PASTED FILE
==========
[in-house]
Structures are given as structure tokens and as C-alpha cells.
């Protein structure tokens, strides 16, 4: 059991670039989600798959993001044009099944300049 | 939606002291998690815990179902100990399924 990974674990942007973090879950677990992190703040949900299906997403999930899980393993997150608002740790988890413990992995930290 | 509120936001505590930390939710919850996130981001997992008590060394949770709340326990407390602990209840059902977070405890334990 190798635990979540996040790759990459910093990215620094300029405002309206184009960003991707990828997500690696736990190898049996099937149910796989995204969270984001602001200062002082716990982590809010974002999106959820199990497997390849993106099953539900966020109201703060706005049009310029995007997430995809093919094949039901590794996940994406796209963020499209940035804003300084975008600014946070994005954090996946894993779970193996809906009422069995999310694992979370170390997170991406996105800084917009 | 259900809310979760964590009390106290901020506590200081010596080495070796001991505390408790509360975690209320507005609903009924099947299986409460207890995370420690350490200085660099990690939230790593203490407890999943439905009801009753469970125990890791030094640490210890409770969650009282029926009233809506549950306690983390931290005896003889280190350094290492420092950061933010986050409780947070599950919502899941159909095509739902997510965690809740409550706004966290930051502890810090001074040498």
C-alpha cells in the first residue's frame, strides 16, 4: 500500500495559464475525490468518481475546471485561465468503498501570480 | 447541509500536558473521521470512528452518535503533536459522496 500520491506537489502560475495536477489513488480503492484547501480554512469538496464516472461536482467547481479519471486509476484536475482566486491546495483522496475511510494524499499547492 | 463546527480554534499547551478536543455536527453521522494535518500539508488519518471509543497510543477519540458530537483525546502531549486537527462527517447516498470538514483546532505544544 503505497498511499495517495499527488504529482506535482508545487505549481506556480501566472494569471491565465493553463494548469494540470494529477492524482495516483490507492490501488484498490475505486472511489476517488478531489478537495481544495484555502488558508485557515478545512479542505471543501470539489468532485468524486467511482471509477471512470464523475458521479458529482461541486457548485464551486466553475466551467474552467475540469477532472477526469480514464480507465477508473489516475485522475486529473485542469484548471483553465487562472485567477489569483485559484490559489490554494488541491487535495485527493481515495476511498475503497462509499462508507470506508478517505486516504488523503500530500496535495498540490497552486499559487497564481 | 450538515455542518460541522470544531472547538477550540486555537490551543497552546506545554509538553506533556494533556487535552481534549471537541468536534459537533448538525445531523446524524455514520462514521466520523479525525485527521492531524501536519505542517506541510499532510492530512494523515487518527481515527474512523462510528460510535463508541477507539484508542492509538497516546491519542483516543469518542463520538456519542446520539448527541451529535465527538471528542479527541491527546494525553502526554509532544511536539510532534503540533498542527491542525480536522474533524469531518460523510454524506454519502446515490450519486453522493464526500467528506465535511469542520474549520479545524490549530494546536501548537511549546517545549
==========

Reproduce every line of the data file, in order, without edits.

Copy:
[in-house]
Structures are given as structure tokens and as C-alpha cells.
């Protein structure tokens, strides 16, 4: 059991670039989600798959993001044009099944300049 | 939606002291998690815990179902100990399924 990974674990942007973090879950677990992190703040949900299906997403999930899980393993997150608002740790988890413990992995930290 | 509120936001505590930390939710919850996130981001997992008590060394949770709340326990407390602990209840059902977070405890334990 190798635990979540996040790759990459910093990215620094300029405002309206184009960003991707990828997500690696736990190898049996099937149910796989995204969270984001602001200062002082716990982590809010974002999106959820199990497997390849993106099953539900966020109201703060706005049009310029995007997430995809093919094949039901590794996940994406796209963020499209940035804003300084975008600014946070994005954090996946894993779970193996809906009422069995999310694992979370170390997170991406996105800084917009 | 259900809310979760964590009390106290901020506590200081010596080495070796001991505390408790509360975690209320507005609903009924099947299986409460207890995370420690350490200085660099990690939230790593203490407890999943439905009801009753469970125990890791030094640490210890409770969650009282029926009233809506549950306690983390931290005896003889280190350094290492420092950061933010986050409780947070599950919502899941159909095509739902997510965690809740409550706004966290930051502890810090001074040498």
C-alpha cells in the first residue's frame, strides 16, 4: 500500500495559464475525490468518481475546471485561465468503498501570480 | 447541509500536558473521521470512528452518535503533536459522496 500520491506537489502560475495536477489513488480503492484547501480554512469538496464516472461536482467547481479519471486509476484536475482566486491546495483522496475511510494524499499547492 | 463546527480554534499547551478536543455536527453521522494535518500539508488519518471509543497510543477519540458530537483525546502531549486537527462527517447516498470538514483546532505544544 503505497498511499495517495499527488504529482506535482508545487505549481506556480501566472494569471491565465493553463494548469494540470494529477492524482495516483490507492490501488484498490475505486472511489476517488478531489478537495481544495484555502488558508485557515478545512479542505471543501470539489468532485468524486467511482471509477471512470464523475458521479458529482461541486457548485464551486466553475466551467474552467475540469477532472477526469480514464480507465477508473489516475485522475486529473485542469484548471483553465487562472485567477489569483485559484490559489490554494488541491487535495485527493481515495476511498475503497462509499462508507470506508478517505486516504488523503500530500496535495498540490497552486499559487497564481 | 450538515455542518460541522470544531472547538477550540486555537490551543497552546506545554509538553506533556494533556487535552481534549471537541468536534459537533448538525445531523446524524455514520462514521466520523479525525485527521492531524501536519505542517506541510499532510492530512494523515487518527481515527474512523462510528460510535463508541477507539484508542492509538497516546491519542483516543469518542463520538456519542446520539448527541451529535465527538471528542479527541491527546494525553502526554509532544511536539510532534503540533498542527491542525480536522474533524469531518460523510454524506454519502446515490450519486453522493464526500467528506465535511469542520474549520479545524490549530494546536501548537511549546517545549